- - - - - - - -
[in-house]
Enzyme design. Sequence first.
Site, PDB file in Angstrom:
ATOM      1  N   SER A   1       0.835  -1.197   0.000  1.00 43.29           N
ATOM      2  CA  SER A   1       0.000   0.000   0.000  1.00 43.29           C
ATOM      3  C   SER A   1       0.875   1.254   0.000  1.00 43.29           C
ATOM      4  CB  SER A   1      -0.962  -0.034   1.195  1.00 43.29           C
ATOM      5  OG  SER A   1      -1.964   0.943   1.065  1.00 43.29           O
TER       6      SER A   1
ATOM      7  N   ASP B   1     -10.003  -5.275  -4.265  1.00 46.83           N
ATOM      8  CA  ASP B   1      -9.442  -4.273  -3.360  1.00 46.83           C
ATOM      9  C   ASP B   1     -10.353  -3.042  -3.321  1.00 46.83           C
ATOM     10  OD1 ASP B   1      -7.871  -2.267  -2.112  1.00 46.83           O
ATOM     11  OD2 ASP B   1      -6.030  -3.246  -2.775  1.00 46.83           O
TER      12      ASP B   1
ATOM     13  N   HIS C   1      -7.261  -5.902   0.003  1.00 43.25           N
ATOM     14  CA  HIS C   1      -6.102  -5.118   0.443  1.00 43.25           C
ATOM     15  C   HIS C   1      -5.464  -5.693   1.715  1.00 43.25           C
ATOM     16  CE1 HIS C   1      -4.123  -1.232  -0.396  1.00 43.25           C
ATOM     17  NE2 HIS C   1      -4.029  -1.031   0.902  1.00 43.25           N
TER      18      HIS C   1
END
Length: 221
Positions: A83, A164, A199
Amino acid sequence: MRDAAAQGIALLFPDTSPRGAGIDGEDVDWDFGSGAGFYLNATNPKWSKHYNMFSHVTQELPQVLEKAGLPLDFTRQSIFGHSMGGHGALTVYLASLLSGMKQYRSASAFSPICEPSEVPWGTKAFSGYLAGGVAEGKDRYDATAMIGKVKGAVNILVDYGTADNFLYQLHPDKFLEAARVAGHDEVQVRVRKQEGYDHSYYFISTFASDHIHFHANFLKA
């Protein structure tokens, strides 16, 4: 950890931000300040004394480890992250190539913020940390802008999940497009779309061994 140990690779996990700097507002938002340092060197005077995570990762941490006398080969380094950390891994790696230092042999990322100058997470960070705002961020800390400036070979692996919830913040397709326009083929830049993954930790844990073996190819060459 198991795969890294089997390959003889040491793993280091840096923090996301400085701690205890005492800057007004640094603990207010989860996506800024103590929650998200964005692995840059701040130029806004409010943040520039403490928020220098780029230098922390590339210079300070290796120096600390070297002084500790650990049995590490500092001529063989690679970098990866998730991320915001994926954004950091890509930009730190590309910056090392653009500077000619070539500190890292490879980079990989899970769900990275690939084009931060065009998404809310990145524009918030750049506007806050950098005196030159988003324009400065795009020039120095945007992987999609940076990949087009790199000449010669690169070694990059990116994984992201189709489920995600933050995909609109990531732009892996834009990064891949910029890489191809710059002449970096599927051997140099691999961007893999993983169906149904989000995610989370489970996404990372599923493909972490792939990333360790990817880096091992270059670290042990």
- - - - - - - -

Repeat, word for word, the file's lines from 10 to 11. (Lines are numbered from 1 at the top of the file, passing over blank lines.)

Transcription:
ATOM      7  N   ASP B   1     -10.003  -5.275  -4.265  1.00 46.83           N
ATOM      8  CA  ASP B   1      -9.442  -4.273  -3.360  1.00 46.83           C